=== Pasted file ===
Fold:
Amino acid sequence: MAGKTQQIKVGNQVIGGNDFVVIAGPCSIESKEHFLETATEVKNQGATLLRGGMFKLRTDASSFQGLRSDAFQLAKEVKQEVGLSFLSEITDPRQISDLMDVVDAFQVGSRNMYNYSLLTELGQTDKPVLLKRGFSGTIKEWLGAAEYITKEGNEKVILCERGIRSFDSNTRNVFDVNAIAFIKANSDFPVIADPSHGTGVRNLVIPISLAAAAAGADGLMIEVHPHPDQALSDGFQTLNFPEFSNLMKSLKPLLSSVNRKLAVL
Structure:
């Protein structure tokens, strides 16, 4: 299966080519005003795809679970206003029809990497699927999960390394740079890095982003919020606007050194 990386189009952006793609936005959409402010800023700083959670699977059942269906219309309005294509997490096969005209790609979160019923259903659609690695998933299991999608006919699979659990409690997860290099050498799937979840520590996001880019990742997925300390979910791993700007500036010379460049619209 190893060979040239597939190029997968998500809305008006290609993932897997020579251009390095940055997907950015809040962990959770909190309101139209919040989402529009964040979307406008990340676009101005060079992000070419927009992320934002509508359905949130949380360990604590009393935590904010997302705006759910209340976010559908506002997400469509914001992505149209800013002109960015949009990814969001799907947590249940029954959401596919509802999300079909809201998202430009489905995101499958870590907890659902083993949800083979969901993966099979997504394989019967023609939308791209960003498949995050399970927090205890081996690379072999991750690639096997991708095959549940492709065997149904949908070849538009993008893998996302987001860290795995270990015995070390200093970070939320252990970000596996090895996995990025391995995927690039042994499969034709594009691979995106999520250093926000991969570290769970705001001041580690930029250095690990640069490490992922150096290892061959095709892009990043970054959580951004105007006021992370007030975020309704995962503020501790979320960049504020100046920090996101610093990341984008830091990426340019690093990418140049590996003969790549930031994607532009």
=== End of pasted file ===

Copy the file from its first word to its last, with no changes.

Fold:
Amino acid sequence: MAGKTQQIKVGNQVIGGNDFVVIAGPCSIESKEHFLETATEVKNQGATLLRGGMFKLRTDASSFQGLRSDAFQLAKEVKQEVGLSFLSEITDPRQISDLMDVVDAFQVGSRNMYNYSLLTELGQTDKPVLLKRGFSGTIKEWLGAAEYITKEGNEKVILCERGIRSFDSNTRNVFDVNAIAFIKANSDFPVIADPSHGTGVRNLVIPISLAAAAAGADGLMIEVHPHPDQALSDGFQTLNFPEFSNLMKSLKPLLSSVNRKLAVL
Structure:
């Protein structure tokens, strides 16, 4: 299966080519005003795809679970206003029809990497699927999960390394740079890095982003919020606007050194 990386189009952006793609936005959409402010800023700083959670699977059942269906219309309005294509997490096969005209790609979160019923259903659609690695998933299991999608006919699979659990409690997860290099050498799937979840520590996001880019990742997925300390979910791993700007500036010379460049619209 190893060979040239597939190029997968998500809305008006290609993932897997020579251009390095940055997907950015809040962990959770909190309101139209919040989402529009964040979307406008990340676009101005060079992000070419927009992320934002509508359905949130949380360990604590009393935590904010997302705006759910209340976010559908506002997400469509914001992505149209800013002109960015949009990814969001799907947590249940029954959401596919509802999300079909809201998202430009489905995101499958870590907890659902083993949800083979969901993966099979997504394989019967023609939308791209960003498949995050399970927090205890081996690379072999991750690639096997991708095959549940492709065997149904949908070849538009993008893998996302987001860290795995270990015995070390200093970070939320252990970000596996090895996995990025391995995927690039042994499969034709594009691979995106999520250093926000991969570290769970705001001041580690930029250095690990640069490490992922150096290892061959095709892009990043970054959580951004105007006021992370007030975020309704995962503020501790979320960049504020100046920090996101610093990341984008830091990426340019690093990418140049590996003969790549930031994607532009």